Eva Mendes Explains Why She Doesn't Let Her Kids Go Online
Eva Mendes opened up about why her and Gosling’s kids aren’t online yet — and why they might not be for a long time.
Eva Mendes recently opened up about her and Ryan Gosling’s screen time rules for their two daughters, and though the rules may seem strict, they’re very much in line with what the experts suggest. Despite both herself and Gosling making a living on the small and big screens, their kiddos are not allowed to use the internet or social media — at least for now.
On August 3, Mendes shared a post to Instagram, a video loop of her shaking her head and fingers in disapproval. In the caption, the mom of daughters Esmeralda, 8, and Amada, 7, shared the rules in her household regarding access to the internet and social media.
“When my kids ask me if they’re old enough to go on the internet, social media or anything requiring wifi 😂,” she wrote in the caption. She also added that while she lets her kids watch things on her iPad, it’s downloaded content, and she doesn’t put the device on Wi-Fi.
Screen time, social media use, and access to the internet — these topics are obviously hot-button in the parenting world. Most parents are navigating these topics with their kids, some of whom very vocally want to be online, without having experience dealing with the same technology when they were kids themselves. Many parents rely on expert-driven advice but find that advice is out of touch with the real world, too.
After all, the internet, social media, and other things that require Wi-Fi are very much intertwined with our world, and there’s no doubt kids have access to these at a young age whether they’re inside or outside of the home. And it’s hard to toe the line between teaching our kids about these tools, helping them be responsibly digitally literate, and not having them feel left out for being the only 10-year-old without TikTok or a YouTube channel in their class.
But the research is clear: Waiting as long as possible before introducing kids to the online world, like Mendes and Gosling do, and having strict guidelines around its usage, is good parenting. That doesn’t mean that you need to keep your kids offline until they’re 18. It does mean, however, that you should be thoughtful about how you introduce your kid to the internet, which can be a powerful and important social tool for kids but also can harm their sleep patterns and potentially harm kids.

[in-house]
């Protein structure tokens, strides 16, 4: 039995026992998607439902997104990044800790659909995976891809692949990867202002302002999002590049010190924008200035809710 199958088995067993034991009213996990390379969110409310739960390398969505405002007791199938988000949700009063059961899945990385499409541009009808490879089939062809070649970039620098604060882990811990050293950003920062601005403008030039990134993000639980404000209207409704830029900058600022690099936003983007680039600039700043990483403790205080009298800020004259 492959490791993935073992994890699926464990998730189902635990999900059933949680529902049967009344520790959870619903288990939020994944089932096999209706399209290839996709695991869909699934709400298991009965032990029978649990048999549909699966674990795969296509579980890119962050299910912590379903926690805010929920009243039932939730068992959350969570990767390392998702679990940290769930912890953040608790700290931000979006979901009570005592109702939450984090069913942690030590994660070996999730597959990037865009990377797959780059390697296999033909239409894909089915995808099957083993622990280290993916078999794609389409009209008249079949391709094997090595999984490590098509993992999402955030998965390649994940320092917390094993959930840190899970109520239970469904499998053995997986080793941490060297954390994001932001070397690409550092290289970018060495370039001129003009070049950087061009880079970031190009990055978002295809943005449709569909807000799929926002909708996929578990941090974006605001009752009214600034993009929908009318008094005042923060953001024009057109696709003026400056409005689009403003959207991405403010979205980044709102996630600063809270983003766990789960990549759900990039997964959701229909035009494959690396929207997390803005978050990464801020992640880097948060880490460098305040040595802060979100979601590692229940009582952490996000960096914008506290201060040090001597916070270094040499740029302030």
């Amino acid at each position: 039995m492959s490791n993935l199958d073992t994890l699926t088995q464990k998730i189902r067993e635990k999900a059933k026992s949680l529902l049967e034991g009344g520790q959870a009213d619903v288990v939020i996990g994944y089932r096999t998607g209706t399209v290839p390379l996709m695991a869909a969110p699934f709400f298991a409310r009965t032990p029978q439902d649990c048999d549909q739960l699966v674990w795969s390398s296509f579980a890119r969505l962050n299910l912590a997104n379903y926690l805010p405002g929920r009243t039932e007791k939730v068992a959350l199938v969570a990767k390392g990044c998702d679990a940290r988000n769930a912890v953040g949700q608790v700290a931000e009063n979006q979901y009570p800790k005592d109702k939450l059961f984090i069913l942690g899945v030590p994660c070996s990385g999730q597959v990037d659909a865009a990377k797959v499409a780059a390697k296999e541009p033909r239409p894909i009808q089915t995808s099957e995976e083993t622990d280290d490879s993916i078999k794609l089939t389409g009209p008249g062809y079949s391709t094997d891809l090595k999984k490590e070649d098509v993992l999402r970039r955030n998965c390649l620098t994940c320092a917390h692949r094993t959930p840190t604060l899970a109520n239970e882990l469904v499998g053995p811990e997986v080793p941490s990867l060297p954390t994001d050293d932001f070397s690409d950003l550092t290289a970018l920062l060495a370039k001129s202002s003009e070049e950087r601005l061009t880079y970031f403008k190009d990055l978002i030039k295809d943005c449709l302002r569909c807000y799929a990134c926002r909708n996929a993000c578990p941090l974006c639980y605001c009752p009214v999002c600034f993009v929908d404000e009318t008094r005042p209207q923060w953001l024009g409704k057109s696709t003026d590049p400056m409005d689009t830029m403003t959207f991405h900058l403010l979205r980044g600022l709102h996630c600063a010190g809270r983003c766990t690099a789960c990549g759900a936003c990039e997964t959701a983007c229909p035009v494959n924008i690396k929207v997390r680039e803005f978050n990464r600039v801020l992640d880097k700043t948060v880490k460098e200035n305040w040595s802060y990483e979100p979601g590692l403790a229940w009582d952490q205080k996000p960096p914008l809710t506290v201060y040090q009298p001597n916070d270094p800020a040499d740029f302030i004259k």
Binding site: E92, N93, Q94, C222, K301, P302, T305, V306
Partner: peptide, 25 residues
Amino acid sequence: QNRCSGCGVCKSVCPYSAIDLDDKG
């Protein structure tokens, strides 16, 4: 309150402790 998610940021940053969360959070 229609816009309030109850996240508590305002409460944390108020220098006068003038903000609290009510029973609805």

Mitchell Prinstein, Ph.D., Chief Science Officer of the American Psychological Association, previously told Fatherly that parents should keep in mind that social media is not built for kids: “I think we have to be aware that these platforms were developed with adults in mind. Kids have developing brains that render them more vulnerable to some of the features in social media, like the ‘like’ button, machine learning, and algorithms,” he explained.
And although his kids are online and do have screen time, there are hard-set rules around that access. His kids aren’t on social media yet — and won’t be any time soon. There is a device they can use, with parental controls, protections, and more, only inside the home.
His advice and approach to screen time usage with his kids and the rules Mendes follows are what the other leading organizations recommend — such as the American Academy of Child & Adolescent Psychiatry, World Health Organization, Common Sense Media, and The American Academy of Pediatrics.
As Fatherly’s guide to internet safety notes: “By the age of five, kids are capable of easily accessing the internet for themselves. By age 13, they’re eligible to join social media platforms.” So how do parents handle that? How do they handle the pressure of other kids having phones, using the internet, or being on social media? Parents should have the tech talk, set boundaries about what will and won’t be allowed, use the internet with their children, and set parental controls and screen time limits.
And remember, no one is doing it 100% right all the time, but social media platforms don’t let kids under 13 join. That’s a clear reason to wait to get your kid online in and of itself — and a great way to rebuff their pleas when they start to ask when they can get an Instagram.
Although each expert-driven resource has slightly different suggestions for parents to develop their own guidelines, they all agree that holding off on allowing kids to have free, unsupervised access to the internet and social media is A+ parenting.